Jan. 24, 2013 People who take immunosuppressive drugs to treat lupus do not necessarily increase their cancer riskaccording to new research led by scientists at the Research Institute of the McGill University Health Centre (RI-MUHC). This landmark study, which was published in Annals of the Rheumatic Diseases this month, addresses long-standing fears of a link between lupus medication and cancer.
Systemic lupus erythematosus (SLE), commonly known as lupus, is an autoimmune disease in which the body’s immune system attacks healthy tissue such as the skin, joints, kidneys and the brain, leading to inflammation and lesions. The disease affects about 1 in 2000 Canadians, particularly women. Previous research has suggested that lupus patients have an increased risk of developing cancer, particularly lymphoma. Lymphoma is a type of blood cancer that occurs when cells called lymphocytes, which usually help protect the body from infection and disease, begin growing and multiplying uncontrollably leading to tumor growth.
“Treatment for Lupus consists largely of immunosuppressive medications, which lower the body’s immune response,” explains Dr. Sasha Bernatsky, first and corresponding author of the study, who is a researcher within the Divisions of Clinical Epidemiology and Rheumatology at the RI-MUHC and at McGill University.
According to Dr. Ann E. Clarke, director of the MUHC lupus clinic and study co-lead, the fear of developing cancer among Lupus patients has been so great that some were reluctant to take their medication and others stopped altogether.
The international study involved 75 lupus patients with lymphoma from different centres around the world and nearly 5,000 cancer-free lupus patients as a control. Researchers studied most of the drugs commonly used to treat SLE including cyclophosphamide, a drug reserved for severe lupus cases and other chronic inflammatory rheumatic diseases.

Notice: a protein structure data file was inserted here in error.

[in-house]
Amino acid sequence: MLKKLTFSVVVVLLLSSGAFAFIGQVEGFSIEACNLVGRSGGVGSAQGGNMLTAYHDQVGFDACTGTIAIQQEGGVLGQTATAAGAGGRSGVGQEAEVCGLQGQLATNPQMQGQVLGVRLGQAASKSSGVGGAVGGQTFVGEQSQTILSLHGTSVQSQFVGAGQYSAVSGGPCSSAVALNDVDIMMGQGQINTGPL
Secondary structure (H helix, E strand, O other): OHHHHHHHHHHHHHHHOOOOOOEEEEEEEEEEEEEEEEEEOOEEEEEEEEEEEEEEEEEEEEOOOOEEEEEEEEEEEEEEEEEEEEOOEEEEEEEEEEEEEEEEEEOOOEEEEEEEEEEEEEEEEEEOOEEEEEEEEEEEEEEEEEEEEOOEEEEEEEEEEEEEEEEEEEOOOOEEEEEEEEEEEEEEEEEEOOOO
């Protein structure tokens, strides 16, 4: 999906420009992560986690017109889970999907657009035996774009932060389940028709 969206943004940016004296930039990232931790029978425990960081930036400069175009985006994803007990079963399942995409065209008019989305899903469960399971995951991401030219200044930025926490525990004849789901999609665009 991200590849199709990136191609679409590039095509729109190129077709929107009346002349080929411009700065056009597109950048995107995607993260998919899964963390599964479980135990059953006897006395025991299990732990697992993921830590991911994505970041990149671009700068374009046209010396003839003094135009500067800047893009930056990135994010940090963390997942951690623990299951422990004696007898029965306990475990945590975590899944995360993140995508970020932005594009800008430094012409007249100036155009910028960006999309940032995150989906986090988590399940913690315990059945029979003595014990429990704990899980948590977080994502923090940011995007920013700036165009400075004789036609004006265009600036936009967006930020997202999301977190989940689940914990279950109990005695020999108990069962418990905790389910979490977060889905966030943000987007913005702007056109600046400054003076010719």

The results showed that the risk for lymphoma in lupus patients exposed to cyclophosphamide was less than 0.1% per year. In addition, no clear association was observed between lupus disease activity and lymphoma risk.
“People have been wondering for a long time whether the medications were to blame and the results are reassuring, suggesting that most lymphoma cases in SLE are not triggered by drug exposures,” says Dr. Bernatsky.
“This is very good news that cancer risk associated with lupus medication is relatively low,” said Louise Bergeron, who has been living with lupus for 12 years. “It reassures me, especially if I need to take more effective immunosuppressive treatments in the coming years.”
Future research will focus on the genetic profiles of lupus patients and what impact that can have on the interaction between medication exposure and lymphoma risk in lupus.
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- S. Bernatsky, R. Ramsey-Goldman, L. Joseph, J.-F. Boivin, K. H. Costenbader, M. B. Urowitz, D. D. Gladman, P. R. Fortin, O. Nived, M. A. Petri, S. Jacobsen, S. Manzi, E. M. Ginzler, D. Isenberg, A. Rahman, C. Gordon, G. Ruiz-Irastorza, E. Yelin, S.-C. Bae, D. J. Wallace, C. A. Peschken, M. A. Dooley, S. M. Edworthy, C. Aranow, D. L. Kamen, J. Romero-Diaz, A. Askanase, T. Witte, S. G. Barr, L. A. Criswell, G. K. Sturfelt, I. Blanco, C. H. Feldman, L. Dreyer, N. M. Patel, Y. St Pierre, A. E. Clarke. Lymphoma risk in systemic lupus: effects of disease activity versus treatment. Annals of the Rheumatic Diseases, 2013; DOI: 10.1136/annrheumdis-2012-202099
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